Portal:Eastern Christianity

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The enthronement of the Patriarch of Moscow and All Russia.


Eastern Christianity comprises the Christian traditions and churches that developed in the Balkans, Eastern Europe, Asia Minor, the Middle East, Africa, India and parts of the Far East over several centuries of religious antiquity.

The term is generally used in Western Christianity to describe all Christian traditions that did not develop in Western Europe. As such, the term does not describe any single communion or common religious tradition, and in fact some "Eastern" Churches have more in common historically and theologically with "Western" Christianity than with one another. The various "Eastern" Churches do not normally refer to themselves as "Eastern," with one exception (the Church of the East).

The terms "Eastern" and "Western" in this regard originated with divisions in the Church mirroring the cultural divide between the Hellenistic east and Latinate west and the political divide between the weak Western and strong Eastern Roman Empires. Because the most powerful Church in the East was what has become known as the Eastern Orthodox Church, the term "Orthodox" is often used in a similarly loose fashion as "Eastern", although strictly speaking most Churches consider themselves part of an Orthodox and Catholic communion.

Eastern Christians do not have shared religious traditions but many of these groups have shared cultural traditions. Christianity divided itself in the East during its early centuries both within and outside of the Roman Empire in disputes about Christology and fundamental theology, as well as national divisions (Roman, Persian, etc.). It would be many centuries later that Western Christianity fully split from these traditions as its own communion. Today there are four main branches or families of Eastern Christianity, each of which has distinct theology and dogma.

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Christian Nubia in the three states period. Makuria would later absorb Nobatia.
Makuria was a kingdom located in what is today Northern Sudan and Southern Egypt. It was one of a group of Nubian kingdoms that emerged in the centuries after the fall of the Kushite Kingdom, which had dominated the region from approximately 800 BC to AD 350. Makuria originally covered the area along the Nile River from the Third Cataract to somewhere between the Fifth and Sixth Cataracts. It also had control over the trade routes, mines, and oases to the east and west. Its capital was Dongola, and the kingdom is sometimes known by the name of its capital. By the end of the 6th century it had converted to Christianity, but in the 7th century Egypt was conquered by the Islamic armies, and Nubia was cut off from the rest of Christendom. In 651 an Arab army invaded, but it was repulsed and a treaty known as the baqt was signed creating a relative peace between the two sides that lasted until the 13th century. Makuria expanded, annexing its northern neighbour Nobatia either at the time of the Arab invasion or during the reign of King Merkurios. The period from roughly 750 to 1150 saw the kingdom stable and prosperous, in what has been called the "Golden Age". Increased aggression from Egypt, and internal discord led to the state's collapse in the 14th century.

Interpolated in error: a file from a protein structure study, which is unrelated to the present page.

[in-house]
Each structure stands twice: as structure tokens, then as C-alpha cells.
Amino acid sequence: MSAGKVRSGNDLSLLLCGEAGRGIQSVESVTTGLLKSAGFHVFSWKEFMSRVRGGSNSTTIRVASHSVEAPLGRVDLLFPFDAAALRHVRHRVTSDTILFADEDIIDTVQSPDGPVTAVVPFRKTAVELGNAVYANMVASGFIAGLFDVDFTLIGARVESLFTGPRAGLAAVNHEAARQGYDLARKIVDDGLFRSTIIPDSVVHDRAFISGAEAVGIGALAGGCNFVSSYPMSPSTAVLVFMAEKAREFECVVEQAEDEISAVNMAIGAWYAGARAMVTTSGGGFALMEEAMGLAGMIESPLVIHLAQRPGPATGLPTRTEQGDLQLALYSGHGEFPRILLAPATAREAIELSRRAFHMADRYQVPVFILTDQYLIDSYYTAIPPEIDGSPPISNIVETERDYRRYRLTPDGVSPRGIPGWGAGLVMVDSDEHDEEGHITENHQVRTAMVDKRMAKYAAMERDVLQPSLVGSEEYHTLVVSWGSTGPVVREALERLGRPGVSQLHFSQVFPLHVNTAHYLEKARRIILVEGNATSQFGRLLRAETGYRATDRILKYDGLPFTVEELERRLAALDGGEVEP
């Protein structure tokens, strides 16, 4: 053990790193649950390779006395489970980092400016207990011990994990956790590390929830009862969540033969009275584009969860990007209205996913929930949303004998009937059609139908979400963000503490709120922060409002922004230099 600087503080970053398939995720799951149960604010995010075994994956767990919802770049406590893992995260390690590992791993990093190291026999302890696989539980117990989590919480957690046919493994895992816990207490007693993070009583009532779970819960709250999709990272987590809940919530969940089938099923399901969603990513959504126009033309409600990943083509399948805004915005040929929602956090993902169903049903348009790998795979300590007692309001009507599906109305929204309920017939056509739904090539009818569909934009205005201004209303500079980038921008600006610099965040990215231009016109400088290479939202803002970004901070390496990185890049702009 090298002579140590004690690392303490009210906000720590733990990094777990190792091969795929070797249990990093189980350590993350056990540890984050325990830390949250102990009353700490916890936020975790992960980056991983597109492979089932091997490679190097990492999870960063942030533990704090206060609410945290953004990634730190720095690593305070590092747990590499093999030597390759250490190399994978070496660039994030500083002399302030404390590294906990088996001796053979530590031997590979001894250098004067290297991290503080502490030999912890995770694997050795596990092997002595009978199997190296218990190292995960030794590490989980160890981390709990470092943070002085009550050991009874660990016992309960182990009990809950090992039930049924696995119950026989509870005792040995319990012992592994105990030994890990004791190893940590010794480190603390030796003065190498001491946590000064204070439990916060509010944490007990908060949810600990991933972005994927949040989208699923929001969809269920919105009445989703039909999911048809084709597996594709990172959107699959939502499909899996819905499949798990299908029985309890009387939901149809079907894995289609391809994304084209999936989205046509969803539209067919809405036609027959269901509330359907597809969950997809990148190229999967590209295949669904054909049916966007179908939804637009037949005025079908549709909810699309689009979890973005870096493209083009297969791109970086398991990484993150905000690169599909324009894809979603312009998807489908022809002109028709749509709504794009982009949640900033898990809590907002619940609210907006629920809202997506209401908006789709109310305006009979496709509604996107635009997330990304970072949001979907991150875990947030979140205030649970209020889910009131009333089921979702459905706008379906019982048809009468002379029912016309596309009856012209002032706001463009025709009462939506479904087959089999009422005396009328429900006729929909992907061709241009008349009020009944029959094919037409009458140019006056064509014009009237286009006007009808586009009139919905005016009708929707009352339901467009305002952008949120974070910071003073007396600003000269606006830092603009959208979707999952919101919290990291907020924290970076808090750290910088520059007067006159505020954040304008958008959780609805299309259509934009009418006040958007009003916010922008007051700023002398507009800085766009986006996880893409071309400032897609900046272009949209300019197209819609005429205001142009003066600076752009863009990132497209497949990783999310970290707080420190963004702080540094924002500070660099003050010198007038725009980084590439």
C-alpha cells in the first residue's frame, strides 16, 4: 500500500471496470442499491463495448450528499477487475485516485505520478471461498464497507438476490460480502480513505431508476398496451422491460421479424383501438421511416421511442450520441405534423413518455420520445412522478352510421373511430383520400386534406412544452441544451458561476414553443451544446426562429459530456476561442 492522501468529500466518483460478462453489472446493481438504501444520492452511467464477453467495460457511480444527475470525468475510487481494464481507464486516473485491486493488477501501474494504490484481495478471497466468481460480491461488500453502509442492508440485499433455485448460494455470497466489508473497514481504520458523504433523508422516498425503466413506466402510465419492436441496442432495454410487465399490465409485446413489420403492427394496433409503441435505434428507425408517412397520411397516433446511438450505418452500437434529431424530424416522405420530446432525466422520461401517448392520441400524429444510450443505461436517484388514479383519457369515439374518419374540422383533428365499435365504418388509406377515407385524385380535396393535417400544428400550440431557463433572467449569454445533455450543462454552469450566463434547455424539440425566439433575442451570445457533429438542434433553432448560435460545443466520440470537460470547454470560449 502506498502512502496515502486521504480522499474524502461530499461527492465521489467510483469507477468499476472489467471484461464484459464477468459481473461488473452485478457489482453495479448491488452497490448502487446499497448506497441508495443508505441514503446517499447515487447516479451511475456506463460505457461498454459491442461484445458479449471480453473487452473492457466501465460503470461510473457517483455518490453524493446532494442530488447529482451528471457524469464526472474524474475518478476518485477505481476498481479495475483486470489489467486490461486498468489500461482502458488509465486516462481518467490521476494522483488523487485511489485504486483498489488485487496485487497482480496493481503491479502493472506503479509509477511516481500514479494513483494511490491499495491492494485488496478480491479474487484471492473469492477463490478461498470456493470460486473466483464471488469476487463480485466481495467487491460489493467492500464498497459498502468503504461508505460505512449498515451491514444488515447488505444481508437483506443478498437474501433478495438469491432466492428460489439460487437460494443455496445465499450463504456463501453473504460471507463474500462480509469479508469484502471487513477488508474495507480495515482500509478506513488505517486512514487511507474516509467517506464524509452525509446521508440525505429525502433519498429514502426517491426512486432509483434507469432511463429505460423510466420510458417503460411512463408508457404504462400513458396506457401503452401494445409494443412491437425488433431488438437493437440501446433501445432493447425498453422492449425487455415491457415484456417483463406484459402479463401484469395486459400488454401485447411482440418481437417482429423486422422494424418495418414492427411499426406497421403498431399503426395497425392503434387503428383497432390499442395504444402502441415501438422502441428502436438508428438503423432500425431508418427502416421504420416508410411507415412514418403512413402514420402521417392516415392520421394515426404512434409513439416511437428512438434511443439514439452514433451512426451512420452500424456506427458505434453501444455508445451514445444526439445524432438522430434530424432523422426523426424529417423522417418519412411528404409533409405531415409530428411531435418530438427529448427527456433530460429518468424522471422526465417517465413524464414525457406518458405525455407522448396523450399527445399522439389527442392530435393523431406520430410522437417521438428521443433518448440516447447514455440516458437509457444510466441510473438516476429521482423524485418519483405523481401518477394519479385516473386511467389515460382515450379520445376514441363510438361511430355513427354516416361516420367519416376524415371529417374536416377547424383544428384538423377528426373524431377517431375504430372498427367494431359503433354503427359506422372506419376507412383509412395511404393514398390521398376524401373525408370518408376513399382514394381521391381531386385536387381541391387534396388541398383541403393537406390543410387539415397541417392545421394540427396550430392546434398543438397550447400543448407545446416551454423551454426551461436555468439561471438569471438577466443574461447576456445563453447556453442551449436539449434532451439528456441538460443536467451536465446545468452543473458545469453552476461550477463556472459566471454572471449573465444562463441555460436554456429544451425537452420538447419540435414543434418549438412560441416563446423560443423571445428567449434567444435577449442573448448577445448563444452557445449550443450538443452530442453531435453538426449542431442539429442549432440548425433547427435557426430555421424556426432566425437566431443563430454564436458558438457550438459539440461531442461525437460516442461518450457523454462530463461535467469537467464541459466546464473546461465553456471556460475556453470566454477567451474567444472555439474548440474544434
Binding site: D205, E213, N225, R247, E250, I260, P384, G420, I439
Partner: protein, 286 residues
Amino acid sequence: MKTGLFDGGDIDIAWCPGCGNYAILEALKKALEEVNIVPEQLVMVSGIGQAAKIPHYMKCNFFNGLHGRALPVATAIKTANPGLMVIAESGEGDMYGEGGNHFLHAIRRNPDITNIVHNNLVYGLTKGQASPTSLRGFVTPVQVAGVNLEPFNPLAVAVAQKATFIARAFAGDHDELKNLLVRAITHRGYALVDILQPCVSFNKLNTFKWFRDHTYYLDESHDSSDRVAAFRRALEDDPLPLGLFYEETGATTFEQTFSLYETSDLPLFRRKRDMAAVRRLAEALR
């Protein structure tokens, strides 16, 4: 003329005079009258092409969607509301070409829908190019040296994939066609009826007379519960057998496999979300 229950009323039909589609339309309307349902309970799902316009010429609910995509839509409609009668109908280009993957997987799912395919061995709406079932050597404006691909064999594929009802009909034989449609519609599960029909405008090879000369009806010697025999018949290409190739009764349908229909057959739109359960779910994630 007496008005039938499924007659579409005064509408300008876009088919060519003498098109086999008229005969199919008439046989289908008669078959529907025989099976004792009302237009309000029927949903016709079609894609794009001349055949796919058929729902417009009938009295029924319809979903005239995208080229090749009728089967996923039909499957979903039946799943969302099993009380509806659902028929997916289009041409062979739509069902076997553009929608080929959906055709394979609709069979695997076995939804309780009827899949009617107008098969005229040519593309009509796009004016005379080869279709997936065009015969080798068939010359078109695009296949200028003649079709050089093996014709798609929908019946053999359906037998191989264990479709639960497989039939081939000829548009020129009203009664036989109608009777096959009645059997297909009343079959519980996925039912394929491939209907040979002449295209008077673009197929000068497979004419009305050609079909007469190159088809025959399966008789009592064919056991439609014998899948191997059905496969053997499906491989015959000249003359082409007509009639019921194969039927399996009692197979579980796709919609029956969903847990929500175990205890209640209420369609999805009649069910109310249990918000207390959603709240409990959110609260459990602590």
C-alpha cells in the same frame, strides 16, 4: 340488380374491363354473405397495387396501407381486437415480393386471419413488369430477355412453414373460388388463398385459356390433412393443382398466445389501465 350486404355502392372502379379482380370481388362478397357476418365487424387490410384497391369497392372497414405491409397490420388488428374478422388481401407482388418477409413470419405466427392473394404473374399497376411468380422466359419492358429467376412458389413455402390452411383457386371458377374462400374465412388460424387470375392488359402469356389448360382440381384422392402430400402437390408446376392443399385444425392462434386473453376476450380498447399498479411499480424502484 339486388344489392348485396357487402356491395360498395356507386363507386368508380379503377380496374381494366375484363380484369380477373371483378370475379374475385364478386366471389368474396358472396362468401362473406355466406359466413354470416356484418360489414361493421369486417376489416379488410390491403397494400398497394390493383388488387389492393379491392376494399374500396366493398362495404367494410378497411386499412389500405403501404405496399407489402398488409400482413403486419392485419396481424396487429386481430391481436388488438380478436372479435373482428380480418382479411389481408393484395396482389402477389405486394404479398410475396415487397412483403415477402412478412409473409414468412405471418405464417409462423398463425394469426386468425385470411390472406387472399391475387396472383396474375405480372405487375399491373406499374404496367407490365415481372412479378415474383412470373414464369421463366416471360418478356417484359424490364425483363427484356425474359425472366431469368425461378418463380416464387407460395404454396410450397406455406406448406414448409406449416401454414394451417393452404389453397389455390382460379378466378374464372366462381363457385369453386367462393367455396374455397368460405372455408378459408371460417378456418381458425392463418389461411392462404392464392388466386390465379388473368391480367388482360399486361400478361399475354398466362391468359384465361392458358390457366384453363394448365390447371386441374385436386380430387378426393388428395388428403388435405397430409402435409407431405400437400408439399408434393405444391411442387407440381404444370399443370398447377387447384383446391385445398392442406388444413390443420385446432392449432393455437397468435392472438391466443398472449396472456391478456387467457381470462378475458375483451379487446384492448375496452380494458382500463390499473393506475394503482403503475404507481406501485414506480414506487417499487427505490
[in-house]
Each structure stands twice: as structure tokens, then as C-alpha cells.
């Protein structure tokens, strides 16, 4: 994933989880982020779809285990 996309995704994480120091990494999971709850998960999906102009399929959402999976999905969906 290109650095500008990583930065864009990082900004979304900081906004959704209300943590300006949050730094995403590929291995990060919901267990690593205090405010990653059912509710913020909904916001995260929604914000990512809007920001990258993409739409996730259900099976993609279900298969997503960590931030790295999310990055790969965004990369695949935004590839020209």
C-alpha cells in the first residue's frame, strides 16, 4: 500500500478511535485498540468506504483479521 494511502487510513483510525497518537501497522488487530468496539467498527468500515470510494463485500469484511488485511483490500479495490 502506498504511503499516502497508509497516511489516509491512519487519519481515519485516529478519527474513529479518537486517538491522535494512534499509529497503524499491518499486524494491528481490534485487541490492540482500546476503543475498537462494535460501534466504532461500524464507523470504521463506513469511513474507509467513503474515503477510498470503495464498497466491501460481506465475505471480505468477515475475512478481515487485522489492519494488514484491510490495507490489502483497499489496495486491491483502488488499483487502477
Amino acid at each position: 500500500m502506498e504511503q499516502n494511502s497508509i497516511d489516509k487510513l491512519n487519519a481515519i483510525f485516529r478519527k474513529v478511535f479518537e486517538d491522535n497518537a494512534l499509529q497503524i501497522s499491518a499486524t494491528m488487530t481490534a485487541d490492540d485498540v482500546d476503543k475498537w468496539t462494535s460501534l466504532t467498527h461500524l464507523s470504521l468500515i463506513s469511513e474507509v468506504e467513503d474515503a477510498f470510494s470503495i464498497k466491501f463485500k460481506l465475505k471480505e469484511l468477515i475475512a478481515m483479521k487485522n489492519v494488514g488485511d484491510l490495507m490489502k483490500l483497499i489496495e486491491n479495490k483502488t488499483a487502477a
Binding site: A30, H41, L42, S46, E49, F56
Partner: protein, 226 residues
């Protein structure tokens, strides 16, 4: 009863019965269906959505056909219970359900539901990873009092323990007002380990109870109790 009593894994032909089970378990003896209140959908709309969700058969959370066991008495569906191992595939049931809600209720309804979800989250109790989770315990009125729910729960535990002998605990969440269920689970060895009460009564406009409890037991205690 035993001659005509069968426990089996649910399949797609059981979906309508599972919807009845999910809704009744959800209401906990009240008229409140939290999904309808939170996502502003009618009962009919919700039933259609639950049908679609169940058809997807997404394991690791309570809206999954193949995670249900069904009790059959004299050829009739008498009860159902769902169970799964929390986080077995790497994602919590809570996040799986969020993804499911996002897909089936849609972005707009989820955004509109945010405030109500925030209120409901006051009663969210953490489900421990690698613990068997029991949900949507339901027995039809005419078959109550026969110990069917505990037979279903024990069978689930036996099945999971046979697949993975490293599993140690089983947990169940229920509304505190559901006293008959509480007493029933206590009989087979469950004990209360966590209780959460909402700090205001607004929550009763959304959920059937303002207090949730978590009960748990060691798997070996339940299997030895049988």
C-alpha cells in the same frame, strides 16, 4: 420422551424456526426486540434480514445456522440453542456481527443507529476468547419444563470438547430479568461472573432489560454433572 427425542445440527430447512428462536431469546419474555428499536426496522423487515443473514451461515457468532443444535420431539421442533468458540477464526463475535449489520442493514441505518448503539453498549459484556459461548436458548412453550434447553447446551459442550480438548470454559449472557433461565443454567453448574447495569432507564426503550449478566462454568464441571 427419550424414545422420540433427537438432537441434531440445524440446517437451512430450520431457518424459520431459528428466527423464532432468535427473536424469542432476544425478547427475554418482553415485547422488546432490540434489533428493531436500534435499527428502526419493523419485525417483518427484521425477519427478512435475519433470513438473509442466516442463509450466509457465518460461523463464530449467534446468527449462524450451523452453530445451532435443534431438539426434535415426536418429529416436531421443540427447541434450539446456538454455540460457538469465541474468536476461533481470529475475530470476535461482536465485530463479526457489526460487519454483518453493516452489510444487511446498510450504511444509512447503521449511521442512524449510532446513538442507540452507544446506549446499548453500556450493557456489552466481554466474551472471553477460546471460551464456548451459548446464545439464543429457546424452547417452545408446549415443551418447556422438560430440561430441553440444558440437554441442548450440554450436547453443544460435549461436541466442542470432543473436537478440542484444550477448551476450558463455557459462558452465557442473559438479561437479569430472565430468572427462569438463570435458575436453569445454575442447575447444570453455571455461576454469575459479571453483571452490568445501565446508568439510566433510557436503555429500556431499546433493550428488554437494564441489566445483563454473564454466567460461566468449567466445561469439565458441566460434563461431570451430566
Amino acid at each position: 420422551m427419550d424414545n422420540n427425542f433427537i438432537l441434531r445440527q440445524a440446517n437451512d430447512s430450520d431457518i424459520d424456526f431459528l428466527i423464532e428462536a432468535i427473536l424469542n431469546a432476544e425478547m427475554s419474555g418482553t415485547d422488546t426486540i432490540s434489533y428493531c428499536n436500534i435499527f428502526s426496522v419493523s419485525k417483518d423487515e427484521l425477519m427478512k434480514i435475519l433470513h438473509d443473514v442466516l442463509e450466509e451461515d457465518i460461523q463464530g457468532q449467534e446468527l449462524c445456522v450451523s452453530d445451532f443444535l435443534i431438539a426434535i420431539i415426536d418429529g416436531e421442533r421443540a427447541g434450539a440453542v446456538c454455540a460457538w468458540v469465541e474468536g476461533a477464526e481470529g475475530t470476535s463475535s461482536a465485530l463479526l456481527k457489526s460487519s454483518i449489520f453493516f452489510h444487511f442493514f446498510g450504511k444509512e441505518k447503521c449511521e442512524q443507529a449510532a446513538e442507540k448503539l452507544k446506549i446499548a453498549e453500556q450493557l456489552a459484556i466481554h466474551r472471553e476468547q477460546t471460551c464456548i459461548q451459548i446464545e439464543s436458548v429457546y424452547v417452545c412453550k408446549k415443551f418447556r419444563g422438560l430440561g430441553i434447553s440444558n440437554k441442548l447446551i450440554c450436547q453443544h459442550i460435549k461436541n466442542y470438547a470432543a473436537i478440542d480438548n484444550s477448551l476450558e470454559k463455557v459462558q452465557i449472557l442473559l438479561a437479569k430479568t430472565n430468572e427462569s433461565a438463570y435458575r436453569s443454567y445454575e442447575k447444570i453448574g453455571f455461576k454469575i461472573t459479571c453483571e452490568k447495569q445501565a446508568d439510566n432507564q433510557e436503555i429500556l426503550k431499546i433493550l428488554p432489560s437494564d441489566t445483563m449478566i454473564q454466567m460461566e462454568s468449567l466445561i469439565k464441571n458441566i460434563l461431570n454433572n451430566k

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Church of St John the Baptist Chesme, Russia
Credit: A.Savin

The Chesme Church is a small Russian Orthodox church at 12 Lensoveta Street, in Saint Petersburg, Russia. It was built by the Russian court architect Yury Felten in 1780, at the direction of Catherine the Great, Empress of Russia. A memorial church,it was erected adjacent to the Chesme Palace between Saint Petersburg and Tsarskoye Selo to commemorate the anniversary of Russia's 1770 victory over Turkish forces in Chesme Bay (Turkish: Çeşme) in the Aegean Sea during the Russo-Turkish War of 1768–1774.

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Anna of Kashin, icon about 1910

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Constantine the Great, mosaic in Hagia Sophia, c. 1000
Flavius Valerius Aurelius Constantinus (27 February c. 272 – 22 May 337), commonly known in English as Constantine I, Constantine the Great, or (among Eastern Orthodox, Oriental Orthodox and other Christians) Saint Constantine, was Roman Emperor from 306, and the undisputed holder of that office from 324 until his death in 337. Best known for being the first Christian Roman Emperor, Constantine reversed the persecutions of his predecessor, Diocletian, and issued (with his co-emperor Licinius) the Edict of Milan in 313, which proclaimed religious toleration throughout the empire.

The Byzantine liturgical calendar, observed by the Eastern Orthodox Church and some Churches in union with Rome, lists both Constantine and his mother Helena as saints. In the West, he is revered under the title "The Great" for his contributions to Christianity. Constantine also transformed the ancient Greek colony of Byzantium into a new imperial residence, Constantinople, which would remain the capital of the Byzantine Empire for over a thousand years.

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